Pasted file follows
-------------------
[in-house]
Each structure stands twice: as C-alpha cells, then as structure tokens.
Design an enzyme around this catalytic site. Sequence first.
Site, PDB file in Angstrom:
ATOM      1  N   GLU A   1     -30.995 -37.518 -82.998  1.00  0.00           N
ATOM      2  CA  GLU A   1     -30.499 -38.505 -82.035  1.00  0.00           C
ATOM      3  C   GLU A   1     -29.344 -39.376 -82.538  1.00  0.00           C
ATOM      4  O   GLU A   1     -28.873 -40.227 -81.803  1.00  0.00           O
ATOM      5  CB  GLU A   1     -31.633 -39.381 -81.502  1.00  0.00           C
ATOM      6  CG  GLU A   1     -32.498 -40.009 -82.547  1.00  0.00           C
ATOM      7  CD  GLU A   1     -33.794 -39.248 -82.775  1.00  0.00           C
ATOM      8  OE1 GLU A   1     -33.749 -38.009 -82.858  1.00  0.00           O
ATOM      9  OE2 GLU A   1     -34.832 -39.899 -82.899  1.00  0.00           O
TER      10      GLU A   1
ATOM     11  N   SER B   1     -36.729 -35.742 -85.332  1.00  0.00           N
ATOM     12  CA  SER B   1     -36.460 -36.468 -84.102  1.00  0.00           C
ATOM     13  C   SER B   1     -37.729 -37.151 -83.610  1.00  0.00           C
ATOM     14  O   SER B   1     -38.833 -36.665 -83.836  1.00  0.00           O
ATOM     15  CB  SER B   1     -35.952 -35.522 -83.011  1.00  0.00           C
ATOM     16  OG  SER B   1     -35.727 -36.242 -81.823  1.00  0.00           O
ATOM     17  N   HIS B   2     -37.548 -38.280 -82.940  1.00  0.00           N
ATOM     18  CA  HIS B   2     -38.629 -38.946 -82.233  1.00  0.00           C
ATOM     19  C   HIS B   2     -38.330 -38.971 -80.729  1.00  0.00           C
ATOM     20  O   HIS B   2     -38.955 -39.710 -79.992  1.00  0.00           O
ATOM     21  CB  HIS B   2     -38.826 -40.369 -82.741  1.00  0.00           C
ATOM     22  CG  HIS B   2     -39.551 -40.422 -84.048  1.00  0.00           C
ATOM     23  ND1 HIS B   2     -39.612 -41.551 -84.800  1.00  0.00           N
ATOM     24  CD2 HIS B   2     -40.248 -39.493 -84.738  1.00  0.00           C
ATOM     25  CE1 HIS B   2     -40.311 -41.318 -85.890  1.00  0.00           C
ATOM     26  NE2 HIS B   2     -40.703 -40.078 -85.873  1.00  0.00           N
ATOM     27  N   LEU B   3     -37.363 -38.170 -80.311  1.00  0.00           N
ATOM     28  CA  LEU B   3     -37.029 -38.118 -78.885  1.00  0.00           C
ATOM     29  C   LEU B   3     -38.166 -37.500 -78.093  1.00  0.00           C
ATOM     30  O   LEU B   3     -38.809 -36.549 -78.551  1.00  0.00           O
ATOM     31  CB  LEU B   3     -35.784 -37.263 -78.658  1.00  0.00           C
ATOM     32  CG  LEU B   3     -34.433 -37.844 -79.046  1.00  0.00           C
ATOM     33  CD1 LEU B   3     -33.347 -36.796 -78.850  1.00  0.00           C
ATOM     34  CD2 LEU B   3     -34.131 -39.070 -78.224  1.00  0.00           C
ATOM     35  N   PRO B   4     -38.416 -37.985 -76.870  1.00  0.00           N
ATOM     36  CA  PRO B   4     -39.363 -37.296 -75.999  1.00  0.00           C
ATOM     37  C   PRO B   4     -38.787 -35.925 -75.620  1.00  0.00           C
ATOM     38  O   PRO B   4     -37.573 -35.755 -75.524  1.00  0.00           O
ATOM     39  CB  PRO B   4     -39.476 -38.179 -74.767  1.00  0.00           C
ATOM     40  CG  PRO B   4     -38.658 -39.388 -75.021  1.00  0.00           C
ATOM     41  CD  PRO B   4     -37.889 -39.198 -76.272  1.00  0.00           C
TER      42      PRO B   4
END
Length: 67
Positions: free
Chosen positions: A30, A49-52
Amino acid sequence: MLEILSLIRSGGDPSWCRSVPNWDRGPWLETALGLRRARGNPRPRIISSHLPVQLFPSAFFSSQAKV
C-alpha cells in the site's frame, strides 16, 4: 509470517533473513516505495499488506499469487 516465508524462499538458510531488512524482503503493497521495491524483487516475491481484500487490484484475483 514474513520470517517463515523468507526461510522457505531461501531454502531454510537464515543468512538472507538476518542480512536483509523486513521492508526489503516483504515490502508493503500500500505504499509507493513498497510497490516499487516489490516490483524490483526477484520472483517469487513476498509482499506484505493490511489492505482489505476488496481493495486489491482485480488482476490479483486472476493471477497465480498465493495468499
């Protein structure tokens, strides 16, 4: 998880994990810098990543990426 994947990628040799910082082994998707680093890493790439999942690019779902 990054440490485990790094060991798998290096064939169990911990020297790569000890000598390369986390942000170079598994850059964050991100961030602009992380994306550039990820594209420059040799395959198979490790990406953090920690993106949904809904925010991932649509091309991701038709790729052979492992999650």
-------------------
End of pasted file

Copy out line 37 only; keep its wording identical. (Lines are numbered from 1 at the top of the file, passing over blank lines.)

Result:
ATOM     33  CD1 LEU B   3     -33.347 -36.796 -78.850  1.00  0.00           C